Again, there’s no way that I can do justice to the story I told them. I do know that it involved how Benito always referred to me as “my favorite reporter” and how he would set me up with some of his leftover groupies on the road, especially in a city like San Diego, where he used to play.

I’ll never forget the way Hodson stood there: his mouth wide open, not saying a word, not drinking, stunned, speechless.

Toward the end of this ridiculous story, I said something along these lines: “you know guys, tonight has really made me think about the decisions I make and my priorities. This is really a wake-up call. But I must say, that when it’s all said and done, the one thing that I can count on … is that you two idiots will believe anything I say.”

At the point, Rawitch and Hodson began punching me, and calling me every name you can imagine. I deserved every punch and every insult. I finally told them the truth. I wasn’t working because my newspaper is incredibly cheap. I used a free flight down here though. I was having fun with my college friends.

They hated me even more.


About a week later, I was back on the company’s dime and covering road games. Well, somewhat. I was told that I should cover the four games in Los Angeles, but miss the three games in Milwaukee.

At that time, Benito Santiago had been suspended two games after getting ejected from a recent game and umping umpire Mark Hirschbeck. Santiago was appealing the suspension. All the reporters were trying to figure out when Santiago would drop the appeal.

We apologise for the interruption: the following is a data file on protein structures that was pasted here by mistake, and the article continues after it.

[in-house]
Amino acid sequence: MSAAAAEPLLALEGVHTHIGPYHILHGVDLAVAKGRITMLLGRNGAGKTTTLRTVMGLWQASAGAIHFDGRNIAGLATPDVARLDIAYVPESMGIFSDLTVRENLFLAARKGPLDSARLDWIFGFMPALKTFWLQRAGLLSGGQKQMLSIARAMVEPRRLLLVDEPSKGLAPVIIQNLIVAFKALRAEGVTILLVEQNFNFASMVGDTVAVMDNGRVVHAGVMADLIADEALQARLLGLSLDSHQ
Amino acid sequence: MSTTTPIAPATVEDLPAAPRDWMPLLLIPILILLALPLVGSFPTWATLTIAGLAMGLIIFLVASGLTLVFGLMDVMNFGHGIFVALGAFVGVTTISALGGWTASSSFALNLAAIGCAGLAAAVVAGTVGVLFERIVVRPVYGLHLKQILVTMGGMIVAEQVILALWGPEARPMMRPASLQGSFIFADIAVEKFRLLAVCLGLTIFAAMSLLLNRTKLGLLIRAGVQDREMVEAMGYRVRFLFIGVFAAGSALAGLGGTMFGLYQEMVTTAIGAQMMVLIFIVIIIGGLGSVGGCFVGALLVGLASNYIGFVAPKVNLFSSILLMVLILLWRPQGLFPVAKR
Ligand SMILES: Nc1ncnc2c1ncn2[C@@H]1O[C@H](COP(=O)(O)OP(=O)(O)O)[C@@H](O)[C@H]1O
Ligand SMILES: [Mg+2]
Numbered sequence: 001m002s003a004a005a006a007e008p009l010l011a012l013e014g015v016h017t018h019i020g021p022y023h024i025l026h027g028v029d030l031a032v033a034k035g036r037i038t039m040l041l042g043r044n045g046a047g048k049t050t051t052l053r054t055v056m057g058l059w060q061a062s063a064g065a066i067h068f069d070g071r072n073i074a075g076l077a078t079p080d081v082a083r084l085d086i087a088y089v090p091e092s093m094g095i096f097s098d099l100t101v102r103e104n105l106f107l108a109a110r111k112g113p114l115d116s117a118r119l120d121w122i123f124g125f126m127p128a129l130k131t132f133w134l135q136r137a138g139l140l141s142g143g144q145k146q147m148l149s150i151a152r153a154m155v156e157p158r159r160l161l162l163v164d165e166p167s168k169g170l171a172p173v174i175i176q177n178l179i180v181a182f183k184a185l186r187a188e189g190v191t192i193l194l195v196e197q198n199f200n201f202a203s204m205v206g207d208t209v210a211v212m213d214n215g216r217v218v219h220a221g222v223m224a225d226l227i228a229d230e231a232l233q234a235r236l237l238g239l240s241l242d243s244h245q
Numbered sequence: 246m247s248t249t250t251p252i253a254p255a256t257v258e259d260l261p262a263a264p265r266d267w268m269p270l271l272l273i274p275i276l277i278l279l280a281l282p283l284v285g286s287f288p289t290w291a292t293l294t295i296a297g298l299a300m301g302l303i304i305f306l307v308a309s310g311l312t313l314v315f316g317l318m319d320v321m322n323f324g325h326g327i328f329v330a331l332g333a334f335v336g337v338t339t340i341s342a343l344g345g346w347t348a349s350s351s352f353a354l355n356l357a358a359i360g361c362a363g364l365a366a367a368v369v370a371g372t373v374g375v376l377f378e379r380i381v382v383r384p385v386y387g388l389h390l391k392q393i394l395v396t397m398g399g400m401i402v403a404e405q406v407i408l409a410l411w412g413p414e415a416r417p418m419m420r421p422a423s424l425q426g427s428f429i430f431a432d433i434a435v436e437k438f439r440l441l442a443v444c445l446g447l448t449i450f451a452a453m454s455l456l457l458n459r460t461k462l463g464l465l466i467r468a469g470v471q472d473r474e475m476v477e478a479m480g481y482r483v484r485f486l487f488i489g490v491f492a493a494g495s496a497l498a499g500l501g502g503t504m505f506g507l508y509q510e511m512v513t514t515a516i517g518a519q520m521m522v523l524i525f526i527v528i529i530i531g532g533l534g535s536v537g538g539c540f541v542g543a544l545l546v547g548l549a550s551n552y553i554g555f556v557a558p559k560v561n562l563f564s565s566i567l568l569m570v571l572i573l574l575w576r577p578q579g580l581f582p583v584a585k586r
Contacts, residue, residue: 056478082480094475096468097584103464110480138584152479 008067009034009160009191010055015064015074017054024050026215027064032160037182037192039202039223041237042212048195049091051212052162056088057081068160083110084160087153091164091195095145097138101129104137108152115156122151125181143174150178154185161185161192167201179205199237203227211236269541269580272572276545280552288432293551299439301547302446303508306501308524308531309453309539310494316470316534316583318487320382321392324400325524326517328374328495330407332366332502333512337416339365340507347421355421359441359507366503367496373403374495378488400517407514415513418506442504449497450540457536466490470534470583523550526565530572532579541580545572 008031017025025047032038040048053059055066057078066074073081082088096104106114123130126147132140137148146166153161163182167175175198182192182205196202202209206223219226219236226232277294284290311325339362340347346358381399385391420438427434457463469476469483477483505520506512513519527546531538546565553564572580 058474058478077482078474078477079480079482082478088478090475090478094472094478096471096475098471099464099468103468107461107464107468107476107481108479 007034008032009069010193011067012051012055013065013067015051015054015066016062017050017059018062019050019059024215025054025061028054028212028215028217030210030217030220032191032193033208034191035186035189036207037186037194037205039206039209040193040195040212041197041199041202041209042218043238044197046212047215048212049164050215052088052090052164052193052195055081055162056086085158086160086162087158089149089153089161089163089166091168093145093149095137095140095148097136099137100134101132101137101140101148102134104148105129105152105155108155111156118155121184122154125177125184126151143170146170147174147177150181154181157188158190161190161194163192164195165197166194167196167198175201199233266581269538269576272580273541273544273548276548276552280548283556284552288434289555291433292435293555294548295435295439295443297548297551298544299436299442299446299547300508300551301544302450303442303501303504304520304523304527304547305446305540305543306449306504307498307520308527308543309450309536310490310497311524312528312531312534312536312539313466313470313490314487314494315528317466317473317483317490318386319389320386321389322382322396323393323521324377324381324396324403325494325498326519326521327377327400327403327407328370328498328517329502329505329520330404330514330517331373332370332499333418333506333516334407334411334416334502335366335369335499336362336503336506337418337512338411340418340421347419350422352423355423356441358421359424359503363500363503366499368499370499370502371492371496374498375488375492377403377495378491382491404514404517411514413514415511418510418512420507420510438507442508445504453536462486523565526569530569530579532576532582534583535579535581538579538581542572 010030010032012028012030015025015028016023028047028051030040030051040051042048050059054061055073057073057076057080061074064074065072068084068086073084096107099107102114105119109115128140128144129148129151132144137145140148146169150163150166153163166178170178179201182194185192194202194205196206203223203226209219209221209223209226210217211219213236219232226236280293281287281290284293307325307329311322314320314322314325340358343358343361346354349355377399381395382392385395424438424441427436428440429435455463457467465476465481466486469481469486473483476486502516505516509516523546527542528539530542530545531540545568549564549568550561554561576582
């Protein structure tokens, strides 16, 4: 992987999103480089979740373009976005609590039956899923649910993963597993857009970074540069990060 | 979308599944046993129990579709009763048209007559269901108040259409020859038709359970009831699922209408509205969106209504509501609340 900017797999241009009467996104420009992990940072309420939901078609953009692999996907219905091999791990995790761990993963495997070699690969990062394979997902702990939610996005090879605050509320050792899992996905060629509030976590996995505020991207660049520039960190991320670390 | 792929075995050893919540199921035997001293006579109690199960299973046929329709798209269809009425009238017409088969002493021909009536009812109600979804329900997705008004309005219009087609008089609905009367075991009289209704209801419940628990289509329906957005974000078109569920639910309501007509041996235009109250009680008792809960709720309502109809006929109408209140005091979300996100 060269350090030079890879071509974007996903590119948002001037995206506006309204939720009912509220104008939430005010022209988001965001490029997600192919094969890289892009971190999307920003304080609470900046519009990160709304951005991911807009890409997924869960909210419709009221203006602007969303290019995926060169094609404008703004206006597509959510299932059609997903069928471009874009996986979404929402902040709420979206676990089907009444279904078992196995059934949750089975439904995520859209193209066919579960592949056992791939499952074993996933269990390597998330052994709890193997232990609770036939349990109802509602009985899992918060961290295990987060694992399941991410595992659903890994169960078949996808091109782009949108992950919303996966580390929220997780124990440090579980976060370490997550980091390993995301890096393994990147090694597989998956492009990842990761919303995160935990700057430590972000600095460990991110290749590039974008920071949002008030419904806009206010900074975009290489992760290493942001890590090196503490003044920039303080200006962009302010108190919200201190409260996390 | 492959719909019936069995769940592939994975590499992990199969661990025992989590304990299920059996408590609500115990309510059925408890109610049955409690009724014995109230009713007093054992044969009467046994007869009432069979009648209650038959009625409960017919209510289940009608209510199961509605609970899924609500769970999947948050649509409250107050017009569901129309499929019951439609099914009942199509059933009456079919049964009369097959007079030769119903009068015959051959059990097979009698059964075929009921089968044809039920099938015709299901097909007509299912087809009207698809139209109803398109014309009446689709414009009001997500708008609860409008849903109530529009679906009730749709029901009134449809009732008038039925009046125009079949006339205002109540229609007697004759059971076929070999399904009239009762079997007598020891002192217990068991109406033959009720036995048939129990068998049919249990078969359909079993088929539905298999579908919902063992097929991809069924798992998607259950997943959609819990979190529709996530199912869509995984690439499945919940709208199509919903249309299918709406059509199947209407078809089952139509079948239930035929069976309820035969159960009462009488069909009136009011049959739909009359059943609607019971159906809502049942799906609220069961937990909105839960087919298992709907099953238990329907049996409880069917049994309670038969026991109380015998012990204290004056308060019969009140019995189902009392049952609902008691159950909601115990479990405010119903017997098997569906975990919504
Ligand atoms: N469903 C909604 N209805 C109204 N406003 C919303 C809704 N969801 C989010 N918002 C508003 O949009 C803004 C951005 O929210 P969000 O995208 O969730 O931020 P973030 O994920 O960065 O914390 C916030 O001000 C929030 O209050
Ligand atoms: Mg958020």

This ejection led to Benito giving me a scoop.
Toward the end of batting practice, I walked back through the visitor’s clubhouse on my way to the Dodger Stadium press box. Santiago was at his locker. The conversation went something like this:

Me: “Benny, are you dropping the suspension tomorrow in Milwaukee?”

Santiago looked around, and saw that nobody else could hear. “Yes, but I’m only telling my favorite reporter.”

This was the pre-Twitter days. If it was 2012, I’d have probably put the news on Twitter. The ‘scoop’ would have lasted all of five minutes. All the reporters would have included it in the newspaper the next day, or their online stories that night.

But in 2002, it was saved for the next day’s newspaper as the lead item in my notebook. None of the other reporters had the story.

I was back in the Bay Area the next day, when Henry Schulman of the San Francisco Chronicle called me from Milwaukee.

“How the hell did you scoop us when you’re not even here?”

I just laughed and told him I got lucky.

It was a long story.

It went back to spring training in 1989, when I was 15 years old, and got pulled out of the stands to be the Padres batboy.